When pre-war collectors hear the name Chick Gandil today, he is most commonly thought of in terms that aren’t so flattering. Gandil was known as not only one of the eight members banned for their part in fixing the 1919 World Series but is often described as the ringleader.
Collaborating with gamblers, Gandil is believed to help stage the entire deal which resulted in several members of his White Sox team helping to intentionally lose the series to the Cincinnati Reds. The players were eventually banned for life from the major leagues.
Gandil was, by most accounts, a decent player but not a slam dunk superstar. In nine seasons with the White Sox, Washington Senators, and Cleveland Indians, he hit a respectable .277. He was a member of the 1917 White Sox team that had won it all and having already won a ring, and that perhaps played a role in his willingness to lose in 1919. You can find a relatively inexpensive Gandil card from that ill-fated 1919 season. He’s pictured in his Sox uniform in the W514 strip card set with low-grade examples usually costing no more than $500.
It should be noted that while he was no offensive star, he was known as a very good defensive player. Gandil led the league in fielding percentage among first basemen five times in his nine seasons. He also led the league’s first basemen in other defensive categories, such as putouts, assists, and double plays. Still, despite that defensive prowess, Gandil wasn’t really considered to be an elite player, overall. Good? Yes. Hall of Famer? Not really. His name is certainly not routinely mentioned among the top players of his generation.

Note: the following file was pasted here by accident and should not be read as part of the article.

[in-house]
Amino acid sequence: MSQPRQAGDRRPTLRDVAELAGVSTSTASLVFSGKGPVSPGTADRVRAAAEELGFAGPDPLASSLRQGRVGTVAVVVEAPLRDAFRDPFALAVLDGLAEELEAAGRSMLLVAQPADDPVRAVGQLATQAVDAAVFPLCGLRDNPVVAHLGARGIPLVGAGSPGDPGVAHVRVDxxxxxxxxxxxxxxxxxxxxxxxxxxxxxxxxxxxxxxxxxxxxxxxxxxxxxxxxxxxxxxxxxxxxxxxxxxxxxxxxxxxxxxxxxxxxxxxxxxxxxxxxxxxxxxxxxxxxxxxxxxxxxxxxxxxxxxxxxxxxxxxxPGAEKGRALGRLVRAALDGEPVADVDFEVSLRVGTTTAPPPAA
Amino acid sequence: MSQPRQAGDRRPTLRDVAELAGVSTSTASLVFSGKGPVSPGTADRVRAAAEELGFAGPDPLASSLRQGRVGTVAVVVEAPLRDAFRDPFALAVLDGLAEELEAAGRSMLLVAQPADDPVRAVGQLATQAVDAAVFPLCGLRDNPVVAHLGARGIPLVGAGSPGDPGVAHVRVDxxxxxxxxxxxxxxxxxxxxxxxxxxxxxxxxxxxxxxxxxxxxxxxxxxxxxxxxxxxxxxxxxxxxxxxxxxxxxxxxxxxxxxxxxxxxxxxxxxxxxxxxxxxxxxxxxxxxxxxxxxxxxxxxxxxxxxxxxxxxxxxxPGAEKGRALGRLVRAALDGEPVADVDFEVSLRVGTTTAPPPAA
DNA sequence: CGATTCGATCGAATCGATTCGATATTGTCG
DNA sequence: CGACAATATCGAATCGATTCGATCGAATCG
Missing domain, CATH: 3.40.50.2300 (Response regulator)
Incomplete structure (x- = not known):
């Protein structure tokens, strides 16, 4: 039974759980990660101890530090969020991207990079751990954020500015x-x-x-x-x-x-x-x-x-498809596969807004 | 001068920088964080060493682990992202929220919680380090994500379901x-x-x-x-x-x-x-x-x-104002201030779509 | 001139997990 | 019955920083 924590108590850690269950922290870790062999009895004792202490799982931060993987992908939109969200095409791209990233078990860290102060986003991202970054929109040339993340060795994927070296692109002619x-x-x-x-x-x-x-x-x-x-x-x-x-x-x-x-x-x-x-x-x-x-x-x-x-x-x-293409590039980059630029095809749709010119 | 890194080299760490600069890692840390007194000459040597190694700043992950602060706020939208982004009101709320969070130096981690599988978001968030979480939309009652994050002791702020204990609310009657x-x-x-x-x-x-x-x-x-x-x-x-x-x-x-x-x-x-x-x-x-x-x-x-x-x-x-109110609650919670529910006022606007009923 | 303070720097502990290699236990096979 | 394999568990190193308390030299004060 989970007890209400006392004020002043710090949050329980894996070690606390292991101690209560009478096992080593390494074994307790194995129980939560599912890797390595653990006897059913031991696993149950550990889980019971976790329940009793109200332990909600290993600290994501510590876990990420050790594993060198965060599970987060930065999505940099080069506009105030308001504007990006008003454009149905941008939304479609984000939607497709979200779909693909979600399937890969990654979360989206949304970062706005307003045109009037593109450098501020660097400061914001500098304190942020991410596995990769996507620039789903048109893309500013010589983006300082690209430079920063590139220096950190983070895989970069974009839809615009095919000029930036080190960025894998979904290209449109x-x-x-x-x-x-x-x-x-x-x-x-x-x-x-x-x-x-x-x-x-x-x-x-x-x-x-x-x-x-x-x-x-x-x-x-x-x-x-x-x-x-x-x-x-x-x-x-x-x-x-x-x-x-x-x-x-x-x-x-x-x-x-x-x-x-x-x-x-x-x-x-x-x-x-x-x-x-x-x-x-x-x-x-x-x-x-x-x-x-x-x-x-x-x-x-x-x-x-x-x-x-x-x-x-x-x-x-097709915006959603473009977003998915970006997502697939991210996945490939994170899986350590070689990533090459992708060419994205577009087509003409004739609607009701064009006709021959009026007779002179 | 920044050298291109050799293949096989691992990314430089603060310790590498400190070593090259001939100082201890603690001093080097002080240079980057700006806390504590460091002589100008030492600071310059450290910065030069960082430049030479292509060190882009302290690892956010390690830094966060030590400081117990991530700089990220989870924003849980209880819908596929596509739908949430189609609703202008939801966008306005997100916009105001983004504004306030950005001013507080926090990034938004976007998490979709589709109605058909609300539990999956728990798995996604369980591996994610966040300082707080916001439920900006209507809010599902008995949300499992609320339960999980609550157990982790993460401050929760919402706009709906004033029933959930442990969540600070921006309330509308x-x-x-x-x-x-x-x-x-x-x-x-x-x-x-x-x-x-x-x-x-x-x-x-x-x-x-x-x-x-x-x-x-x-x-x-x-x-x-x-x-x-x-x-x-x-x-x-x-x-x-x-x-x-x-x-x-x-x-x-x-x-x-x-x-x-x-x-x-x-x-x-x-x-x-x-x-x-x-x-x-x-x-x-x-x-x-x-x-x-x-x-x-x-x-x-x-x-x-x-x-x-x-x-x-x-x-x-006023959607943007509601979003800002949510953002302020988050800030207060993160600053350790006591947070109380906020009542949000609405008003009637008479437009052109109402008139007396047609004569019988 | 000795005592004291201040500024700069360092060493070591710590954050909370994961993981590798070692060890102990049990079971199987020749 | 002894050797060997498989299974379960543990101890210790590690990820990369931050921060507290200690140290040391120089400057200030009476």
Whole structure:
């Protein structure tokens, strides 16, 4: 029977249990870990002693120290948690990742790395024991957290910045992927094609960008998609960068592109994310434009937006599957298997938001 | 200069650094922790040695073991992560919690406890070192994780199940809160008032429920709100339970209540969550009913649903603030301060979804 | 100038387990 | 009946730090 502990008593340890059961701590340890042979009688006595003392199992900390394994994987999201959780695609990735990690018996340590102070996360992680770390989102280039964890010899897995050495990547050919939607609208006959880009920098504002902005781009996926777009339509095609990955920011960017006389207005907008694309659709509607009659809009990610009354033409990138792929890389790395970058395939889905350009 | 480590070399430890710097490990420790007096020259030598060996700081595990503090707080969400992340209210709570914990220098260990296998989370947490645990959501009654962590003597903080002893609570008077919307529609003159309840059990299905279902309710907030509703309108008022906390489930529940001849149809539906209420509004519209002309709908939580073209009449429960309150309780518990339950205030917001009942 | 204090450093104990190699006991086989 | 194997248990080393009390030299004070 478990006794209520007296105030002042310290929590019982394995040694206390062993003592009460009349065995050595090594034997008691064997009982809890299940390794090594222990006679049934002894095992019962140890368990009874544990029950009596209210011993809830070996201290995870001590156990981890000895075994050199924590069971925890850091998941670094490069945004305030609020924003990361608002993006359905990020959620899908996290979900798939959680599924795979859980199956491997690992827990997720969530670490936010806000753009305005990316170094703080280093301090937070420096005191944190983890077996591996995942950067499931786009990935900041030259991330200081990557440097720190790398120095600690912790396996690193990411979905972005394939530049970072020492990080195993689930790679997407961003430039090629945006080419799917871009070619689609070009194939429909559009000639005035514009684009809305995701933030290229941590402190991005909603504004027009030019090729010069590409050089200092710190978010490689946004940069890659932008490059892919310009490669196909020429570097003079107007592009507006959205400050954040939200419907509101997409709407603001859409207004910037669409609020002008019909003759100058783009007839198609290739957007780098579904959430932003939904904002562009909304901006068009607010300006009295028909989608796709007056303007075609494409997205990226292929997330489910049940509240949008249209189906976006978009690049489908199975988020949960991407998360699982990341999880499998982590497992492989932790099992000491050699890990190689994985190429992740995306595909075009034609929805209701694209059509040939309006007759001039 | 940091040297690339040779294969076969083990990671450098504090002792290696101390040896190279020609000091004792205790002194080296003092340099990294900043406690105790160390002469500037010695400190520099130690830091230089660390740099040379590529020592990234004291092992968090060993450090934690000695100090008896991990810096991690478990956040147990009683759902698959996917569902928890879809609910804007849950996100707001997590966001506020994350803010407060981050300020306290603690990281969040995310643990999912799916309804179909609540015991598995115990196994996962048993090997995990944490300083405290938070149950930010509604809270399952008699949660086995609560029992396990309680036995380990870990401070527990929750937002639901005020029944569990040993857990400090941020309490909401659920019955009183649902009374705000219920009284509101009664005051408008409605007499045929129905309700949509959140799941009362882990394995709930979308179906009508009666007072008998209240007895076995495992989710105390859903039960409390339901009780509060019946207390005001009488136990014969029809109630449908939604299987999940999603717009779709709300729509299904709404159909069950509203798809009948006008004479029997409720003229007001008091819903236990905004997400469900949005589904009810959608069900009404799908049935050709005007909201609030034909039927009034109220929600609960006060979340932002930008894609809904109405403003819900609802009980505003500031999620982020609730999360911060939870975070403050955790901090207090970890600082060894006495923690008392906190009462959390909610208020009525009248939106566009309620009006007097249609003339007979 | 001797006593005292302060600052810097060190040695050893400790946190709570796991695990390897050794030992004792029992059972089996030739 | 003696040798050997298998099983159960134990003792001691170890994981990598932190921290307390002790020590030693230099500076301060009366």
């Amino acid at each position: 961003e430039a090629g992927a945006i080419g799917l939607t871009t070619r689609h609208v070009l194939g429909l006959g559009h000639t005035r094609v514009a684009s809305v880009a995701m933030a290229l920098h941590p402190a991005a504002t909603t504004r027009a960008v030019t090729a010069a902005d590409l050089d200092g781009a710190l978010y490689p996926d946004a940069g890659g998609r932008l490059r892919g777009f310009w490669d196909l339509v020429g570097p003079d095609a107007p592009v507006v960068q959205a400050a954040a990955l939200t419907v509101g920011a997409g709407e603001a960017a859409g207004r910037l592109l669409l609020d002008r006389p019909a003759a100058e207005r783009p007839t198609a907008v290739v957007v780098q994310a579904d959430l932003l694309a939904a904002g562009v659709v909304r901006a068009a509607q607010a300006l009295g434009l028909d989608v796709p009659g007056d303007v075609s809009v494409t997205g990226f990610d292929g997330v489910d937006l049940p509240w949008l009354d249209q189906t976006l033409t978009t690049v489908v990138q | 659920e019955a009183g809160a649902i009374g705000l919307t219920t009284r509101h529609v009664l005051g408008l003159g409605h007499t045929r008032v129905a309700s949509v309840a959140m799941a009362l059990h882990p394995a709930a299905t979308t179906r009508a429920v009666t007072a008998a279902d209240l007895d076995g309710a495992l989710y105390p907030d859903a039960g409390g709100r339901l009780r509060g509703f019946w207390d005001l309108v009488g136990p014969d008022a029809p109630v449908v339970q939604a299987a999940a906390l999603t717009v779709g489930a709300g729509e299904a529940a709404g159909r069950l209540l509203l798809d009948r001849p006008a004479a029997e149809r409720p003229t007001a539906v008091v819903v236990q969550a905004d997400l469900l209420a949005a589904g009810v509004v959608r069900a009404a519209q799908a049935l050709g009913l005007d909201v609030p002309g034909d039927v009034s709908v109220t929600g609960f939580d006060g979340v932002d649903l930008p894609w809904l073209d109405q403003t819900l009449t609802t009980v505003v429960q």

Even though he fell short of superstardom, Gandil’s card prices, especially for his early issues, have not suffered for the simple reason he is tied to the scandal. Virtually anything to do with the 1919 scandal is highly desired and his cards are no exception. It can be argued that Gandil’s popularity has a lot more to do with that than being an effective ballplayer and his cards have seen some crazy amounts because of it.
One of Gandil’s most desirable issues, for example, is his 1910 E90-3 American Caramel card. While others in the set can be had for a few hundred dollars in decent shape, even in low-grade condition, Gandil’s card commands four figures. At one time, the card was a little more affordable. However, it’s gotten more popular over time and is difficult to find.
Gandil’s popularity is also seen in other, slightly more common sets. The 1912 C46 Imperial Tobacco set, a Canadian issue, is known for its large collection of minor league players. Many of the players did appear in the majors, but had only modest careers. Gandil is one of the exceptions and his card is among the highest in the set along with Hall of Famers Iron Man McGinnity and Joe Kelley. While decent commons start around $30-$40, Gandil’s card is almost ten times that. A PSA 5 sold at auction for more than $550.
One of Gandil’s most desirable cards around is his 1909 Obak minor league card featuring him with Sacramento. The card is rare and features him fielding a ball. Even in modest condition, the card sells for over $1,000. A PSA 4 sold at a 2016 auction earned more than double that, in fact, with a final price of $2,040.
The best bet for fans looking for an inexpensive early Gandil card should probably check out his T206 issue. The image is a great one and features Gandil as a young player with a bat in a baseball sweater.
He is so young, in fact, that it is even considered to be a rookie card by some collectors as the T206 set was printed from 1909-11. Gandil T206 prices fluctuate wildly depending on the condition and the back advertisement. However, a common-back Gandil in mid-grade condition starts around $125 – a bargain compared to some of his rarer cards.
Gandil wasn’t a Hall of Fame player but his cards are placed on par with many others inducted into Cooperstown. You can see Chick Gandil cards on eBay here.